Louisa Blain writes to Bishop Patrick Lynch about Lent and news from Cheraw. Henrietta Lynch adds a postscript about a recurring issue with the slaves the Bishop has asked her husband, Francis, to find a home for. Henrietta writes that they are "city negroes" and would be "unwilling to plow... nor to eat corn bread as they do here." 3p.
Long letter from Madame Baptiste to Bishop Patrick Lynch keeping him apprised of the news from the Ursuline Convent and Academy. Madame Baptiste asks the Bishop to help them procure more lay sisters "small in person - healthy and between 18 and 21" and choir sisters aged "18 to 30". She also discusses plans with the Bishop to open a day school in Columbia but doesn't know if they will be able to secure a building before the start of the school year. 12p.
Letter from Robert Lynch to his parents from Combree, France, where he is studying for the priesthood. Robert writes at length about a debilitating episode of constipation he has recently recovered from. 4p.
Letter from Robert Lynch to Bishop Patrick Lynch concerning employment Robert has found with a tanner in Rennes, France. Robert has heard of the fall of Columbia in the war and fears his parents are "in the hands of the yankees." 3p.
Letter from Robert Lynch to Bishop Patrick Lynch asking his advice concerning an offer of employment in Le Havre, France. Robert hopes to learn the tanning trade in Europe so that he can find gainful employment when he returns to America when the war ends. 2p.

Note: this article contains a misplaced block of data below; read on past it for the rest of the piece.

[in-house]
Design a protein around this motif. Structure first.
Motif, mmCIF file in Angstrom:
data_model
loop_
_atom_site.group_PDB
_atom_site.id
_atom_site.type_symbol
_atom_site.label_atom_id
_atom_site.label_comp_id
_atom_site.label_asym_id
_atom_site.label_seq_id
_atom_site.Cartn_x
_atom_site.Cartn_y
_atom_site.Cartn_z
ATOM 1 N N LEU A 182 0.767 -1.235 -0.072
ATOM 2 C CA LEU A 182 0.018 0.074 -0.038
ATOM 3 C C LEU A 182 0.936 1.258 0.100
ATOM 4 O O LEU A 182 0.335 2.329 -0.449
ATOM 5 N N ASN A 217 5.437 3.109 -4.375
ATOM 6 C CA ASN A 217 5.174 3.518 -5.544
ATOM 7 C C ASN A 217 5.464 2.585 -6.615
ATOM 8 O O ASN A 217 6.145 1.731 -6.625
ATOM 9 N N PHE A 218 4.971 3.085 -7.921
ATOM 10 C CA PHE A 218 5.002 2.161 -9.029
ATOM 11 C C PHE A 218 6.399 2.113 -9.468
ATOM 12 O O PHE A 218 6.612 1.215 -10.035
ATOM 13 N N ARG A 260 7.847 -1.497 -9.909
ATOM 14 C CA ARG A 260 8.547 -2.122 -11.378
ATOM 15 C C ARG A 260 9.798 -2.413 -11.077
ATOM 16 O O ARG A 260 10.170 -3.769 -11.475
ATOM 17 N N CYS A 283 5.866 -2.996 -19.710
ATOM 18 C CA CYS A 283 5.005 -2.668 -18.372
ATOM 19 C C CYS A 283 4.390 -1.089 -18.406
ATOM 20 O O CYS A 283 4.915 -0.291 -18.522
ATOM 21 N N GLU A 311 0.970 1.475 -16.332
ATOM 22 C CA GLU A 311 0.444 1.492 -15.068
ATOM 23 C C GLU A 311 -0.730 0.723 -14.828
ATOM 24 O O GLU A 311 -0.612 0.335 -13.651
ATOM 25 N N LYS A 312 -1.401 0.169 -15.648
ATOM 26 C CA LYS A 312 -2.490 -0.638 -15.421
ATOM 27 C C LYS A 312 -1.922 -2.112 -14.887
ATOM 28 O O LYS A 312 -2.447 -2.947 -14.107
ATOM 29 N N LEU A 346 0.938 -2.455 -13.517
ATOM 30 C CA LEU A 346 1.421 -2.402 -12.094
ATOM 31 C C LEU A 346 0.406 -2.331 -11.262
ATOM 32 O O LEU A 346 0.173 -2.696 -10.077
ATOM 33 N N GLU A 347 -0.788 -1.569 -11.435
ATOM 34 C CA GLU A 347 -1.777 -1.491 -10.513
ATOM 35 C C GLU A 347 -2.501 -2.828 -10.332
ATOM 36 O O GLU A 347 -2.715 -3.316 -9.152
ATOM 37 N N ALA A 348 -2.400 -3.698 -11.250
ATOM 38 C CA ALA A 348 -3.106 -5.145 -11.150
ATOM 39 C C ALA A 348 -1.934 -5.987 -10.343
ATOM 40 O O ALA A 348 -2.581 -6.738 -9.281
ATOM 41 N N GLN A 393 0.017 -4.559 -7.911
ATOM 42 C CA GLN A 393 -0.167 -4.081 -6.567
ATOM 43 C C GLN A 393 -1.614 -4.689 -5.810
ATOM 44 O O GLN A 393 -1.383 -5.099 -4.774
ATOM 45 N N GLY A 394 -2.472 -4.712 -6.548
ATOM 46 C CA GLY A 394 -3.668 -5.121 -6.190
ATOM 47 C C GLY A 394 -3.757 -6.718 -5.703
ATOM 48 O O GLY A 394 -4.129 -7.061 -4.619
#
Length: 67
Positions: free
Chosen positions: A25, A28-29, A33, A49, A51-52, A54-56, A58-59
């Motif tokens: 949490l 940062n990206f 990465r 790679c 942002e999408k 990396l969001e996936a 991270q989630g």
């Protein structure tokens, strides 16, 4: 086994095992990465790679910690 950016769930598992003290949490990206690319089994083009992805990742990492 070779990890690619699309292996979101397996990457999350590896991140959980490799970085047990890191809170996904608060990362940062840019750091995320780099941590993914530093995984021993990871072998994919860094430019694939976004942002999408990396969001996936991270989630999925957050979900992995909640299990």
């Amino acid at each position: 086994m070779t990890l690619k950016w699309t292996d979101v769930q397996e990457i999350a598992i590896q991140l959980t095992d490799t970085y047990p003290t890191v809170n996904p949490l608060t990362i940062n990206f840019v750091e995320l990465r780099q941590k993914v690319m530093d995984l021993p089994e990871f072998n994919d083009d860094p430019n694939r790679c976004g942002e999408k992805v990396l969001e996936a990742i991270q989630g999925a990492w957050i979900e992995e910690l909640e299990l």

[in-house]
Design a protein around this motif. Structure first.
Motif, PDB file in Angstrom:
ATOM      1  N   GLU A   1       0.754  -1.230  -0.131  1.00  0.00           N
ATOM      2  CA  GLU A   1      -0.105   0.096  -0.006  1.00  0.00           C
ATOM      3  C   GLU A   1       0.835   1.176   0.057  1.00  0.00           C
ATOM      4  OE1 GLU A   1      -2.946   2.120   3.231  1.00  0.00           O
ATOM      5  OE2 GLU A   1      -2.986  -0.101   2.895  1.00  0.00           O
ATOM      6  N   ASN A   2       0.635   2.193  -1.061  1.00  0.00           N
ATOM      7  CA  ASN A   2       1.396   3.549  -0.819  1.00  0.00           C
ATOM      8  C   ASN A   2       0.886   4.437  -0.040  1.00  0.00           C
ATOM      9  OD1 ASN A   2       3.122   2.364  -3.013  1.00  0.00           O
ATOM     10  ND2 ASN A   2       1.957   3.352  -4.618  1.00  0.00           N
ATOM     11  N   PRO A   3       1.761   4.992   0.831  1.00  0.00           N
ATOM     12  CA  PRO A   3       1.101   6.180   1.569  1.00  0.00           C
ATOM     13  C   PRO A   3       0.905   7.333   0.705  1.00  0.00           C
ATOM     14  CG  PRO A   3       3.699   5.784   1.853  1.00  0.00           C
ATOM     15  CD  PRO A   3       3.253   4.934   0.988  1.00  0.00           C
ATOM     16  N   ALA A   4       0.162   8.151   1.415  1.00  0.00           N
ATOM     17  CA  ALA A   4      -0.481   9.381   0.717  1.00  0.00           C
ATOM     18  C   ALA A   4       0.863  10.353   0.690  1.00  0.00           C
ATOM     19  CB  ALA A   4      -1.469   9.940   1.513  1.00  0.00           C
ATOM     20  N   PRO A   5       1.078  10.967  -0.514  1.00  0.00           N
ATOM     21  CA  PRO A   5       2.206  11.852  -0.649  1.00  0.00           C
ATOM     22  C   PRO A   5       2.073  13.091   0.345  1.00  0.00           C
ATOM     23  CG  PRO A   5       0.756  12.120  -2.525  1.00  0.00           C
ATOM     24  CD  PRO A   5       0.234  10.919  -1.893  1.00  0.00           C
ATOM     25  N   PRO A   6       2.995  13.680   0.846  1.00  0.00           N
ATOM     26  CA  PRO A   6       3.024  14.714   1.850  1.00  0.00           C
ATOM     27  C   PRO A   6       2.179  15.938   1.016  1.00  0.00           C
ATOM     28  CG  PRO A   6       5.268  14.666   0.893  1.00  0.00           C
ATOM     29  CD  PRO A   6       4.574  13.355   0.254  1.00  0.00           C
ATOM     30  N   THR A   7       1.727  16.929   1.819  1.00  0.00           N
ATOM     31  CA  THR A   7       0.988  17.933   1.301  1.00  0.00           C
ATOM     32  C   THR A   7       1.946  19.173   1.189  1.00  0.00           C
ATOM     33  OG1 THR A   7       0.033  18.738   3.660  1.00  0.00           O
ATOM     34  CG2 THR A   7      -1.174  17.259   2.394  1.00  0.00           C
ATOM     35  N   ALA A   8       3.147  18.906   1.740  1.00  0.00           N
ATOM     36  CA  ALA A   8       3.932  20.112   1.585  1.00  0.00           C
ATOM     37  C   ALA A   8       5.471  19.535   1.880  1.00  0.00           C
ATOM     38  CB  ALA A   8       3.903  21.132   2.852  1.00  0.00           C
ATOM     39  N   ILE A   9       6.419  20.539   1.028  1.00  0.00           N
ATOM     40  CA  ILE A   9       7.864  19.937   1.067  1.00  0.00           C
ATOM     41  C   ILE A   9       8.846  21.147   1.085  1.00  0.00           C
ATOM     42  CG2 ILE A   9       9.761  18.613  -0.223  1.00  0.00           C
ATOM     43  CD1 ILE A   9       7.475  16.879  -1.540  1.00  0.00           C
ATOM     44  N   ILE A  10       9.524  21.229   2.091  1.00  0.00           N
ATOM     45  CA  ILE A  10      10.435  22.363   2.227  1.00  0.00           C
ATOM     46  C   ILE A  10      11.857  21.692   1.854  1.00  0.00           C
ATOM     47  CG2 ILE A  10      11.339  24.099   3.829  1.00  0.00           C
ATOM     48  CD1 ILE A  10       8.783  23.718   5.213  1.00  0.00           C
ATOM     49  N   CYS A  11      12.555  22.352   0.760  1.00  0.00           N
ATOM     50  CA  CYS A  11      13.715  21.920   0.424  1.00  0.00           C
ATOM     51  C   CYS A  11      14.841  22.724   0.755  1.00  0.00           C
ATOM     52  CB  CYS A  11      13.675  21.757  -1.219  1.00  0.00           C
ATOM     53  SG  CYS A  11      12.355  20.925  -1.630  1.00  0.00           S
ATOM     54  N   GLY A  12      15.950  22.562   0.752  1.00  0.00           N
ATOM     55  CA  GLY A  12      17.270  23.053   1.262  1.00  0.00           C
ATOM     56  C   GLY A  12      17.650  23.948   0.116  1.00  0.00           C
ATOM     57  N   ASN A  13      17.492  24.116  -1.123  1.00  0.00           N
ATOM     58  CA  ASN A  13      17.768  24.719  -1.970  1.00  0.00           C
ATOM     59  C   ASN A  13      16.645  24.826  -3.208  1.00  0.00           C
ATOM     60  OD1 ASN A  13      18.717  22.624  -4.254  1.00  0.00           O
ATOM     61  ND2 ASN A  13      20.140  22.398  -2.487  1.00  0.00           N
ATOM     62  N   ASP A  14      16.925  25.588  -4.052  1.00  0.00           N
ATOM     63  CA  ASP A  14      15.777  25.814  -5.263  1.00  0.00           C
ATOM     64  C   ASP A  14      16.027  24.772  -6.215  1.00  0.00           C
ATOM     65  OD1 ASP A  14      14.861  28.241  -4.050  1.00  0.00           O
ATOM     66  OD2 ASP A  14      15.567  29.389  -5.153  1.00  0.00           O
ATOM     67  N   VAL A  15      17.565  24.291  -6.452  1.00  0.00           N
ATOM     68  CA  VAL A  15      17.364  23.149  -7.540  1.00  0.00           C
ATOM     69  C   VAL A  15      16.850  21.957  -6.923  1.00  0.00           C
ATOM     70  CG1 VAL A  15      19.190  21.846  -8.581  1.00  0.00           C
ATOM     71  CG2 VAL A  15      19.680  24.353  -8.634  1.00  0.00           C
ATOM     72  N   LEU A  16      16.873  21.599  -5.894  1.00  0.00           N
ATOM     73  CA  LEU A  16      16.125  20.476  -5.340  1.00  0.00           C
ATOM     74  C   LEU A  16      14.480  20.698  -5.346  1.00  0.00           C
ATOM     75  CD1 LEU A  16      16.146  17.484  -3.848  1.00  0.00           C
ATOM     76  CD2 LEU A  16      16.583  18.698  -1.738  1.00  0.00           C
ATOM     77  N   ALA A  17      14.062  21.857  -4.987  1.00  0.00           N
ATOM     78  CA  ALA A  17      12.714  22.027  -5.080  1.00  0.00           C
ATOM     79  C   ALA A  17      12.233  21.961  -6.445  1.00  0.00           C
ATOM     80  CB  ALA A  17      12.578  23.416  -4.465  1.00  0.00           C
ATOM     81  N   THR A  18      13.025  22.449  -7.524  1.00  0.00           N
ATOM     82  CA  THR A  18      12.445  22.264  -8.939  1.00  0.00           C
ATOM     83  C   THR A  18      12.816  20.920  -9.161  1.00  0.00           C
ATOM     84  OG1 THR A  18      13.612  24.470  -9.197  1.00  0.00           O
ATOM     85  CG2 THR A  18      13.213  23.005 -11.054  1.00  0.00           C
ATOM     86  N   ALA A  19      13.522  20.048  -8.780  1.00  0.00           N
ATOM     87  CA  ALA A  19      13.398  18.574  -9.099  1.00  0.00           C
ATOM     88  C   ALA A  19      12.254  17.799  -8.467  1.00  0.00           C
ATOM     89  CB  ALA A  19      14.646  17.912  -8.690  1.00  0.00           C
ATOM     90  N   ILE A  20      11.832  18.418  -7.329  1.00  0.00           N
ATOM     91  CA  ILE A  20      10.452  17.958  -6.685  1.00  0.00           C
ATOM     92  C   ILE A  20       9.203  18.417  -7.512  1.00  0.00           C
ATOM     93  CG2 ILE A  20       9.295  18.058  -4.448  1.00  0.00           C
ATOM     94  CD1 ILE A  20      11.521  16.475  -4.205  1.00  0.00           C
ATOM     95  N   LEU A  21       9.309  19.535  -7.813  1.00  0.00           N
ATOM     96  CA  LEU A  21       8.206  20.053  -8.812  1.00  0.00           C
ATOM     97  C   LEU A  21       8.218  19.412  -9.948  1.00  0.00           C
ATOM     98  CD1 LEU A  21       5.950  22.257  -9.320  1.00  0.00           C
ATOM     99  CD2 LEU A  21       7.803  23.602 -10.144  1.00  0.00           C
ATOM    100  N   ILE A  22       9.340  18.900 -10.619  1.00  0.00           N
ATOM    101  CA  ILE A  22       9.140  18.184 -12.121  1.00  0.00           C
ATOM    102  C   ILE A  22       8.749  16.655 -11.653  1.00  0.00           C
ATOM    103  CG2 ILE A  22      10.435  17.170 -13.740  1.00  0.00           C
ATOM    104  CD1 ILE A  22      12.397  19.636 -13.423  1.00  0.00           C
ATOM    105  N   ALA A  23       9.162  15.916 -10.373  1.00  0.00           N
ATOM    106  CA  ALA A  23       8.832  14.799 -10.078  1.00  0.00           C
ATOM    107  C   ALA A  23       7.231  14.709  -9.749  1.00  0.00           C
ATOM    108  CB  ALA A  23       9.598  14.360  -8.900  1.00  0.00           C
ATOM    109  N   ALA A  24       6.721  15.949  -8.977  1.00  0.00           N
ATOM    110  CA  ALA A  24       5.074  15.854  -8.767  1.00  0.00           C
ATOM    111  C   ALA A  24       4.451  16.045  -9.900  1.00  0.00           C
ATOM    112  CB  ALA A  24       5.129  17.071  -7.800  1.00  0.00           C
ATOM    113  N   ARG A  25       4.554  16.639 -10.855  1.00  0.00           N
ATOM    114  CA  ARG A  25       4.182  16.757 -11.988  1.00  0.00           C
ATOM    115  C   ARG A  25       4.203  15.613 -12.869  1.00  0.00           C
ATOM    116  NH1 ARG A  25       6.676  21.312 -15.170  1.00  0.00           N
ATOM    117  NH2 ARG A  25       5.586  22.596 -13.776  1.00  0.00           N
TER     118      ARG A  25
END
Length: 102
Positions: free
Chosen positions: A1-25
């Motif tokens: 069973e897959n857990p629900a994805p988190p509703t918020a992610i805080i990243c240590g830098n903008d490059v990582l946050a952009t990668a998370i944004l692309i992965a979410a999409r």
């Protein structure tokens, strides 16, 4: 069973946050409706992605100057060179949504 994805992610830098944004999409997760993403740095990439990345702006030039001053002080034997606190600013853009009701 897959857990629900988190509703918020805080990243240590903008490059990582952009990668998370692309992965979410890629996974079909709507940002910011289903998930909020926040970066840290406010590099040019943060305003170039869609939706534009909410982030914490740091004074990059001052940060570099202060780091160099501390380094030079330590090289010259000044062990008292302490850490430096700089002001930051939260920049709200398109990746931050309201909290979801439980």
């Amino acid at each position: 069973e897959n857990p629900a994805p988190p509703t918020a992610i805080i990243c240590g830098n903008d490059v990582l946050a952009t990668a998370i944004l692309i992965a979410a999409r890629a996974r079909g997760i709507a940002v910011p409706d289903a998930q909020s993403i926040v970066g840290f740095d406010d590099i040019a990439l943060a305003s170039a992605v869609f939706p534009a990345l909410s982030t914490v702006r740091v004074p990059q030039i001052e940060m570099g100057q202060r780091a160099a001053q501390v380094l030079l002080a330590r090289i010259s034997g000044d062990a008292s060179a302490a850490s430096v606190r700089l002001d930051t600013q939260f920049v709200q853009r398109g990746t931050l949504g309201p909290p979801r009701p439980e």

Letter from Michael and Luke Lynch in Roslea, County Fermanagh, Ireland, to Bishop Patrick Lynch in Charleston. In the letter, the uncles of Bishop Lynch give a detailed genealogy of the Lynch family and provide news of the family in Ireland. 3p.
Letter from Mary Lynch Spann in Washington County, Texas, to her brother, Bishop Patrick Lynch. Mary Lynch Spann sends news of her family and comments on the news that the Bishop may visit them in the spring. 4p.
Letter from Madame Lynch to Bishop Patrick Lynch touching on a variety of topics. She writes of acquiring a piano and "Erhard" harp for the community and muses at length at why there have been no attempts at peace with "Napoleon (III) mediating now." She mentions inoculating the children at the academy for smallpox and describes an awful barrel of flour the Bishop had sent to Columbia. She tells of the horrible condition of the "negroes" in Lancaster writing, "I never have patience with the yankees, except when I think of the abolition of slavery." 8p.
Letter from Madame Lynch to Bishop Patrick Lynch with news from the Ursuline Convent and Academy. Madame Baptiste reports that the "Charleston refugees" do not like Rev. O'Connell, and suggests if the Bishop wanted to make a change in the priest assignments in Columbia now is the time "to break up this nest of (blank)." 4p.
Letter from Madame Baptiste to Bp Patrick Lynch informing him that a Mrs. Cohen would like to see him regarding an issue with her husband, a recently paroled prisoner of war. Madame Baptiste also boasts of the continued numbers of boarders being welcomed to the school but notes that one of the parents believe "our school will stand a poor chance when peace is proclaimed." 4p.